Dr. Lee has worked with peer support members in several services and organizations.

From a psychology perspective, Dr. Lee can offer:

  • Consultation regarding structure, recruitment, screening, training, members’ ongoing support of each other, self-care and boundary-setting, maintaining members’ wellness and health
  • Training & workshops
  • Clinical lead services for ongoing “supervision” of the peer support members to help cope with the impacts of helping others, risk of compassion fatigue, and of course their own operational stressors from work
  • Safeguarding or mental health “check-ups” of peer support team members to help protect their own health and wellness
  • Design and implementation of peer support contact tracking. Having anonymous and non-identifiable information can help teams know what types of issues members are seeking support for and whether more resources are needed.

Some things to consider when setting up or revamping your peer support team:

  • Peer nomination: You want peer supporters that members will feel comfortable approaching! When members are able to nominate who they think would be effective peer supporters it increases the chances that the peer supporters will be approached.
  • Individual screening: As working the front lines can be tough enough, adding peer support and exposure to peers’ distress can add to that toll. Peer support members are ideally screened by a clinician to make sure the individual is healthy enough when they join the team to serve as a peer supporter and that they have healthy coping skills and a self-care plan to maintain their wellness.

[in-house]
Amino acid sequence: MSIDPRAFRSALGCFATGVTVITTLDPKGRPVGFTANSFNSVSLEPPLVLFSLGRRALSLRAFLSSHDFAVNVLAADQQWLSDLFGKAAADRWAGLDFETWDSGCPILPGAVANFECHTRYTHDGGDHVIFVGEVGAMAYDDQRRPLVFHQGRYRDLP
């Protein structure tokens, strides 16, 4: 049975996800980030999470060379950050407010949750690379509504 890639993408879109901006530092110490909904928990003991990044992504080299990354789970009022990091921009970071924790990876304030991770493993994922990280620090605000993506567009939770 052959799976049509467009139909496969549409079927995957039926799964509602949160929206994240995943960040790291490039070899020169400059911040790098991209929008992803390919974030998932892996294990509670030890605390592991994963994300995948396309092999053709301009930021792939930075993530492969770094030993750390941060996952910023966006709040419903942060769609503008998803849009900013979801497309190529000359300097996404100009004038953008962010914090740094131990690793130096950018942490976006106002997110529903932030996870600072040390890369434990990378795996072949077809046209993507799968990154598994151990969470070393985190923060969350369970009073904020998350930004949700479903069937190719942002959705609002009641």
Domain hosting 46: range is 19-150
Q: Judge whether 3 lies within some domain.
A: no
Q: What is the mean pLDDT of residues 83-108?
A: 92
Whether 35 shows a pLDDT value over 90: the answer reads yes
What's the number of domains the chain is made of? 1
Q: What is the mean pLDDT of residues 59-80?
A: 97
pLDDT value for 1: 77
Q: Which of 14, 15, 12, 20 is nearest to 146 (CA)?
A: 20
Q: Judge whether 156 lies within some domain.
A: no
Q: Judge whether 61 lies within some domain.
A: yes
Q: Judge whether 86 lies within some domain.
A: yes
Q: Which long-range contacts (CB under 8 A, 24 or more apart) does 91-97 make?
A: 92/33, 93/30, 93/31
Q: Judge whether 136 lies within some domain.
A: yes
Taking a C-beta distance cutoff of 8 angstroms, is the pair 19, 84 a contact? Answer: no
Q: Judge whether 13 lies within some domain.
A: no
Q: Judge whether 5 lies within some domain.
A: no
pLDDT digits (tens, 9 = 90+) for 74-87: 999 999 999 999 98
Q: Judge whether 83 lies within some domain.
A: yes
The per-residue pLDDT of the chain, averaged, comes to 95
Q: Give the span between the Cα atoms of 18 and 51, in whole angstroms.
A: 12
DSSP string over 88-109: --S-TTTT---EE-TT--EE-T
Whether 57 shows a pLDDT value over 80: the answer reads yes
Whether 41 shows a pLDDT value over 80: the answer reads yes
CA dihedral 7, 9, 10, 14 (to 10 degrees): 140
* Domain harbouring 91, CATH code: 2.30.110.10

• Annual check-ins: Related to the point above, helpers like to help and can give their all when helping. This can also take a toll if one is not taking care of him or herself. Annual safeguarding or “check-in” assessments with a psychologist can be helpful to make sure peer supporters are keeping themselves healthy.
  • Skills training: Identifying the specific skills that peer supporters will need to support their peers, such as crisis intervention, suicide, critical incident defusing.
  • Peer supporters supporting each other. In the clinical world, clinicians often have “rounds” where they meet to debrief, share educational or organizational information, trouble-shoot, and process their own reactions to their work. Similarly, peer supporters would strongly benefit from such regular check-ins with each other.
  • Ongoing education and training: It is important for supporters to keep up-to-date on knowledge, skills, and best practices.


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